attempted to flee. Incidents have occurred during the day and at night, and carjackers have used a variety of techniques,
including roadblocks, bumping/moving vehicles to force them to stop, and running vehicles off the road at high speeds. There
are indications that criminals target newer and larger vehicles, especially dark-colored SUVs. However, even drivers of old
sedans and buses coming from the United States have been targeted. While violent incidents can occur anywhere and at any time,
they most frequently occur at night and on isolated roads. To reduce risk when traveling by road, we strongly urge you to
travel between cities throughout Mexico only during daylight hours, to avoid isolated roads, and to use toll roads ("cuotas")
The Mexican government has deployed federal police and military personnel throughout the country as part of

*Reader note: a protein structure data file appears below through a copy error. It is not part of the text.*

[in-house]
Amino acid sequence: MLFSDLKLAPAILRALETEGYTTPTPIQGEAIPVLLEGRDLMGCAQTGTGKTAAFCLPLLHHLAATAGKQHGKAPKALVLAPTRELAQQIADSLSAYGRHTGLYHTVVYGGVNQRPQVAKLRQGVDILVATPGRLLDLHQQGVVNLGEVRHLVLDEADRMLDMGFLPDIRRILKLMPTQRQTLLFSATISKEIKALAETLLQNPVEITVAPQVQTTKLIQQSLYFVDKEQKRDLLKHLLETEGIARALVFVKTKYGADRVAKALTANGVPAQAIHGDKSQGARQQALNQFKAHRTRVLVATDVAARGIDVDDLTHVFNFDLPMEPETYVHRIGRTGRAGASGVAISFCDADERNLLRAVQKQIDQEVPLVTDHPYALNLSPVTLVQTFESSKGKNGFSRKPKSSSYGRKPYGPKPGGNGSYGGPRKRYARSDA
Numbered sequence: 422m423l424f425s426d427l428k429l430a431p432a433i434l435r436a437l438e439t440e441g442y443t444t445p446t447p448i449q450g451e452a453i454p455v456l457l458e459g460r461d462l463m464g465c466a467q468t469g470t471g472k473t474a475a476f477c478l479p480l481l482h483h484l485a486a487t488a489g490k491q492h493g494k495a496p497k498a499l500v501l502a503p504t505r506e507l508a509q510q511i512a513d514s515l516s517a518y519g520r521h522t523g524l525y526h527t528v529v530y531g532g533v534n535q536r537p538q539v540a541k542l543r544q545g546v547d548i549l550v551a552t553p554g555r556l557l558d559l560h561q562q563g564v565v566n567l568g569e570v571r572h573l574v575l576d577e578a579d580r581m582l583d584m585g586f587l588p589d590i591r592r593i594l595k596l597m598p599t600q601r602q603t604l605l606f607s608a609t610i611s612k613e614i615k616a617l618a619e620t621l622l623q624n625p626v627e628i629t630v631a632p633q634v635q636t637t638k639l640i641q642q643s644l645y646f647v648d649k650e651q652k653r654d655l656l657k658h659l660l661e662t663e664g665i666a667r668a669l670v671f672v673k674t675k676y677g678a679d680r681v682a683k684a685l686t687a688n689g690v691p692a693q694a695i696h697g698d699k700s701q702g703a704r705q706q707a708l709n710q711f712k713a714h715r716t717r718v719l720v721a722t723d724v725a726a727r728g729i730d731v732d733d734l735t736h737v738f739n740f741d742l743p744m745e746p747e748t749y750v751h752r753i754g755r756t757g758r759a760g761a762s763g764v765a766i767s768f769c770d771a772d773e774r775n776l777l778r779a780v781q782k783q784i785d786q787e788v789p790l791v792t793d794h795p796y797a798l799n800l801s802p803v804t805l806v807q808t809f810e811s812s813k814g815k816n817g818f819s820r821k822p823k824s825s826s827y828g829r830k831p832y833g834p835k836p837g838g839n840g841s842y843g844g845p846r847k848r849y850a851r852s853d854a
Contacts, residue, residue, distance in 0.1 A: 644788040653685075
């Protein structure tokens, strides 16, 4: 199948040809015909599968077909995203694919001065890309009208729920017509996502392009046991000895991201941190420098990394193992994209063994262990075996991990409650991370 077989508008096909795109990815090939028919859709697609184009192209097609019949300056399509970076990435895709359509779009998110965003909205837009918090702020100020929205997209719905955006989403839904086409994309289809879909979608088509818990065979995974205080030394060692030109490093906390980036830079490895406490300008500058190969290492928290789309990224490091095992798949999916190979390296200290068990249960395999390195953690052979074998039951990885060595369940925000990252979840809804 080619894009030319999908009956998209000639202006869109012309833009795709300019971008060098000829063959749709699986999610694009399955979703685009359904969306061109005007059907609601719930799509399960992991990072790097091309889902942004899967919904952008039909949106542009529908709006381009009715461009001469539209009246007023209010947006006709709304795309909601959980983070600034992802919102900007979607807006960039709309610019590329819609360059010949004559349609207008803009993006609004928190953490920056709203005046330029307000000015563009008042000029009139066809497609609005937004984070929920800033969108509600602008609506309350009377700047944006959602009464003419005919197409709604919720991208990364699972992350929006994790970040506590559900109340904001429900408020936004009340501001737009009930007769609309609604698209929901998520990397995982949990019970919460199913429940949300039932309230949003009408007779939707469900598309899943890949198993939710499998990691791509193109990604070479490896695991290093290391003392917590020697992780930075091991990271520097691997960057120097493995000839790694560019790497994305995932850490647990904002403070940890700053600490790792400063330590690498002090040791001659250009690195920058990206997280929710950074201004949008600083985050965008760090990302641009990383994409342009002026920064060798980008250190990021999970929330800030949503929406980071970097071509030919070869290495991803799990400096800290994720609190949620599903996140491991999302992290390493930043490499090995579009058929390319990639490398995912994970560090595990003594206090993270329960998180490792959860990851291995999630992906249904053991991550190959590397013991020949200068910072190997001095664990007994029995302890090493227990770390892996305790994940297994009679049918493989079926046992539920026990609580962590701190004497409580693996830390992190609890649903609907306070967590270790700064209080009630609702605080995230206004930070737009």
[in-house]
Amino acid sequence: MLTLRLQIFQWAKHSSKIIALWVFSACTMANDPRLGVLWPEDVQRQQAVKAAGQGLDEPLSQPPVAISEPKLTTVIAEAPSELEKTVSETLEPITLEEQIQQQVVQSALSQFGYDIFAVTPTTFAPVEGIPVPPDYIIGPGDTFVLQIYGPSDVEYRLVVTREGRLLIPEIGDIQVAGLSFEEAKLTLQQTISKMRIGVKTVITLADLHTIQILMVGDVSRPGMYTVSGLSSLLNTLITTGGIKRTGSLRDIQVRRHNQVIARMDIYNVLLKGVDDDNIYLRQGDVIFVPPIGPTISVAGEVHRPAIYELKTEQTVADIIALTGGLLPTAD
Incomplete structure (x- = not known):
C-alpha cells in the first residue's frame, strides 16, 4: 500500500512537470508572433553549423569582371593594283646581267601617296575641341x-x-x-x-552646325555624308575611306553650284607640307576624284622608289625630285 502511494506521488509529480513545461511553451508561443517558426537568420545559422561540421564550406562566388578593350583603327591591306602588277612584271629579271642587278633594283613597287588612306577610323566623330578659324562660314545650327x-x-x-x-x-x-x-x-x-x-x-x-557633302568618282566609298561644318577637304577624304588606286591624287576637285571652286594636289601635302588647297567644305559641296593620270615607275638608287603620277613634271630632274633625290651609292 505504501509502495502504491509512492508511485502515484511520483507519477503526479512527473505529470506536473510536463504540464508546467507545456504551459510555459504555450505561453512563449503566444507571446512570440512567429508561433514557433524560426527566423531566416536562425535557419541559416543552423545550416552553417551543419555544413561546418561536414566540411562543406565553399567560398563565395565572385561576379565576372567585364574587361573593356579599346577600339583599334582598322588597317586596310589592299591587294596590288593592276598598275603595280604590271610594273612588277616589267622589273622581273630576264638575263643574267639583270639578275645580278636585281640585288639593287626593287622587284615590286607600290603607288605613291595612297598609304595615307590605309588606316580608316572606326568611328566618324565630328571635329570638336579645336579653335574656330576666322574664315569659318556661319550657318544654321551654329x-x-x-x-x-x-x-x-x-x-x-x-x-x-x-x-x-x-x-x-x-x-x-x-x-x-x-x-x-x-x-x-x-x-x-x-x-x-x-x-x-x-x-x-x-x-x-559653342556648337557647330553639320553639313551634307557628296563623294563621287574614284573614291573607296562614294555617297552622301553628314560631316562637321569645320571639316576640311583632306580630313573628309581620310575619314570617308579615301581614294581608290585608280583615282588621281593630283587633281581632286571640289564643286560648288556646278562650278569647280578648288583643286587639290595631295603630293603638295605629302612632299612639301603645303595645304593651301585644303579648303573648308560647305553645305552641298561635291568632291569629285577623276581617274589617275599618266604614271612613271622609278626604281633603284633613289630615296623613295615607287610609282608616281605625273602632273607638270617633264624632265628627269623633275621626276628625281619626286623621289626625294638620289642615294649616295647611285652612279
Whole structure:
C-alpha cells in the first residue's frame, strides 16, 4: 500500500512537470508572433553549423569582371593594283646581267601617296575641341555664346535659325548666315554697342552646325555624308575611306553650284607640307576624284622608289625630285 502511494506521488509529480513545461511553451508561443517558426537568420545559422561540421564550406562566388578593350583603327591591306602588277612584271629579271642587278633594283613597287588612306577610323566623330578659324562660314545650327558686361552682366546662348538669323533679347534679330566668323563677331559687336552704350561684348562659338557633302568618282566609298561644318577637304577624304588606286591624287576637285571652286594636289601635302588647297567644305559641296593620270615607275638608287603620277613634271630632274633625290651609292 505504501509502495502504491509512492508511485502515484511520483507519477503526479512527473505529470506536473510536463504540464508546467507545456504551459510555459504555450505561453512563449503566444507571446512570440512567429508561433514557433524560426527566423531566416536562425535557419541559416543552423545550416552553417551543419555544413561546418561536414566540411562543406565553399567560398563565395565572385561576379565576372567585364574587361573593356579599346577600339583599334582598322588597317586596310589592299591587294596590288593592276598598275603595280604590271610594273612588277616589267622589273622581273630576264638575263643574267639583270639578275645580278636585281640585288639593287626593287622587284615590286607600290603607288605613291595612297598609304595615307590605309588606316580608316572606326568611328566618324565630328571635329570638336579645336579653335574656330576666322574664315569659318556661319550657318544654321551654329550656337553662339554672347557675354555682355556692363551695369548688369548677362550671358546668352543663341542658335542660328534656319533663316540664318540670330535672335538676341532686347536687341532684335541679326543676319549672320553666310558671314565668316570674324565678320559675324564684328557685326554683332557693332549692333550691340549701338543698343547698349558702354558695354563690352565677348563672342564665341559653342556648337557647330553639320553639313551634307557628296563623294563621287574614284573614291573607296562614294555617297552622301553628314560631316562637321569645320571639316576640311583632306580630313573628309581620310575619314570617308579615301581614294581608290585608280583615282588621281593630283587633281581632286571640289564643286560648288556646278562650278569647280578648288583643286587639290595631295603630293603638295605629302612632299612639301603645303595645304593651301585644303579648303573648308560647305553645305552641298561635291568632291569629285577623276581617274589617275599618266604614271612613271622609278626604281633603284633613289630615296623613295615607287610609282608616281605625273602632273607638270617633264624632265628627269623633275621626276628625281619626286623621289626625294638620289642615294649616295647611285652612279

its efforts to combat organized criminal groups. U.S. citizens traveling on Mexican roads and highways by car or bus may encounter
government checkpoints, staffed by military or law enforcement personnel. In some places, criminal organizations have erected
their own unauthorized checkpoints, at times wearing police and military uniforms, and have killed or abducted motorists who
have failed to stop at them. You should cooperate at all checkpoints.
Demonstrations are common and occur in all parts
of the country. Even demonstrations intended to be peaceful can turn confrontational and escalate into violence. Protesters
in Mexico may block traffic on roads, including major thoroughfares, or take control of toll booths on highways. U.S. citizens
are urged to avoid areas of demonstrations, and to exercise caution if in the vicinity of any protests. Travelers who encounter
protestors demanding unofficial tolls are generally allowed to pass upon payment. Travelers are urged not to exit from major